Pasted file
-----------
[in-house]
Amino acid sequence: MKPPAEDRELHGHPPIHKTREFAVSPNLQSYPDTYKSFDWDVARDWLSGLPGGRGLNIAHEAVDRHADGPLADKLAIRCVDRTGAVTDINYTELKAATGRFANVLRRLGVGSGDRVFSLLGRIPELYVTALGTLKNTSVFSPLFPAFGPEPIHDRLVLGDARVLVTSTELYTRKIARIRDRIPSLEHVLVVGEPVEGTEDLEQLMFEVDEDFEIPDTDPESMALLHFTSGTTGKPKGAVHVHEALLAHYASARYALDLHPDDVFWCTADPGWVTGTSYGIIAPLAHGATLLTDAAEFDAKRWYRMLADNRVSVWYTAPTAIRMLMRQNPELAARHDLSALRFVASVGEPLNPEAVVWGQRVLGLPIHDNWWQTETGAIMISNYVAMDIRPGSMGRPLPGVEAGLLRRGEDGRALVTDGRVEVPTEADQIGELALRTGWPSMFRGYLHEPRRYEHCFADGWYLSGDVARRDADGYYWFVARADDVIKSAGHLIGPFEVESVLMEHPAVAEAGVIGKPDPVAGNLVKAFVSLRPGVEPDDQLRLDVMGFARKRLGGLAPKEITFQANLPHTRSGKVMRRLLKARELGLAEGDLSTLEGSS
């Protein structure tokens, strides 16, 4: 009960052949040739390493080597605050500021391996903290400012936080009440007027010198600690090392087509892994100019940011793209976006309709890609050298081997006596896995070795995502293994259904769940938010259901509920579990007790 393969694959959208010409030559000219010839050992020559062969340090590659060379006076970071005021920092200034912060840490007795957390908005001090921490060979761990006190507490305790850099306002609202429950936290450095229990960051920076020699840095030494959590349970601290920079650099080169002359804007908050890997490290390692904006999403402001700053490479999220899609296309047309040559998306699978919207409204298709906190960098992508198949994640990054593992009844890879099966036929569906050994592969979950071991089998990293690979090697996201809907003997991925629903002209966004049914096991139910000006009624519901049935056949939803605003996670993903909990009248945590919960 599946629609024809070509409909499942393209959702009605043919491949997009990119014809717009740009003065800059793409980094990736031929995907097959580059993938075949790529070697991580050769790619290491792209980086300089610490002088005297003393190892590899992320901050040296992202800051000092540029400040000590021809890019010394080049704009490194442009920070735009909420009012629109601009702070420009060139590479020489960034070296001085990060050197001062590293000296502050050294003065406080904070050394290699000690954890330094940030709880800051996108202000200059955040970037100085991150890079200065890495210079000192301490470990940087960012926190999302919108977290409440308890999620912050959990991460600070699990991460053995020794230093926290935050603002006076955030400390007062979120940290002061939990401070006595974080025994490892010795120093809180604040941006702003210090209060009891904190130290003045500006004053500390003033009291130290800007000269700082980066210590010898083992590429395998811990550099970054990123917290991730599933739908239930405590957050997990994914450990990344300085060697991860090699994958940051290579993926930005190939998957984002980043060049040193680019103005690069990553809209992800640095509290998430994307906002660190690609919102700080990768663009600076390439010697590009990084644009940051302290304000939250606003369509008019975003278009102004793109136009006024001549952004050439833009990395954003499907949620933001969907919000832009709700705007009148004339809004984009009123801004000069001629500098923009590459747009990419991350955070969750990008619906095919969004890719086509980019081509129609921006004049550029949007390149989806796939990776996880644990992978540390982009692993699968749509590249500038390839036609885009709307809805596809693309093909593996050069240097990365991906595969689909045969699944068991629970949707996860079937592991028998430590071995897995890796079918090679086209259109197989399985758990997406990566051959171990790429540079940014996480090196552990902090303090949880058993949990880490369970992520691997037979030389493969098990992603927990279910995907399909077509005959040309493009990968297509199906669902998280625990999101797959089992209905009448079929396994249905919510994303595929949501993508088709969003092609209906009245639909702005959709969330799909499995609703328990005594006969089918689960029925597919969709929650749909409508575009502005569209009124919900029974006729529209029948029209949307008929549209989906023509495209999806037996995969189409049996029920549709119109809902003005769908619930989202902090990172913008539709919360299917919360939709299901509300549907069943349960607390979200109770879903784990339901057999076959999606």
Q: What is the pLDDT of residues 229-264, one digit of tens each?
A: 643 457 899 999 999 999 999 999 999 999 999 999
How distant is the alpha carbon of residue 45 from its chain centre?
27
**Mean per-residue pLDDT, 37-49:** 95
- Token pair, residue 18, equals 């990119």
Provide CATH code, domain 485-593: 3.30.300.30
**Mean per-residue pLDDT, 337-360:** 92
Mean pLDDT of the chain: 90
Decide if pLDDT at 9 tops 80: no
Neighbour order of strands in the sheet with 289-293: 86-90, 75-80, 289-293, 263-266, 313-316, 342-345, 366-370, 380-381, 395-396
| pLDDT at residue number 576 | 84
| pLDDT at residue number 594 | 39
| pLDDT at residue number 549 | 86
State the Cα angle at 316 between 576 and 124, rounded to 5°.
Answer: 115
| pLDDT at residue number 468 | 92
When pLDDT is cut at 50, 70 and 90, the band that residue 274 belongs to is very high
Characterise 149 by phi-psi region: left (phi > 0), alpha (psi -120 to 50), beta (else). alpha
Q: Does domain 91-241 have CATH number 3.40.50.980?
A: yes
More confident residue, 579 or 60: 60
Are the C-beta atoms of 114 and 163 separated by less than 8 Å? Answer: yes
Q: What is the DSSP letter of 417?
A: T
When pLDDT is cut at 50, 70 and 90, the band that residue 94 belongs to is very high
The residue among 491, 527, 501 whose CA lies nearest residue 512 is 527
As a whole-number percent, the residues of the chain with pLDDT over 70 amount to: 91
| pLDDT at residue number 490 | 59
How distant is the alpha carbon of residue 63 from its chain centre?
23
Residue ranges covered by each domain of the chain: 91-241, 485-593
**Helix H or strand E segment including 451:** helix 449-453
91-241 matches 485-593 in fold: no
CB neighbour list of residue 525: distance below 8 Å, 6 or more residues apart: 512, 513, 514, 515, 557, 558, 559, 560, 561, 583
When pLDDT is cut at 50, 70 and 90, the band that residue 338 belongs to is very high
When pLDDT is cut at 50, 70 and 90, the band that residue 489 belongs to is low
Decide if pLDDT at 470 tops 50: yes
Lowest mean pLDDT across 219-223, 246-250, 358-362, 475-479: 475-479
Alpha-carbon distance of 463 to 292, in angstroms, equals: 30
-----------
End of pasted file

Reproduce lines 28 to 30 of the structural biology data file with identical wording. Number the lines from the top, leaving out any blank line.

A: T
When pLDDT is cut at 50, 70 and 90, the band that residue 94 belongs to is very high
The residue among 491, 527, 501 whose CA lies nearest residue 512 is 527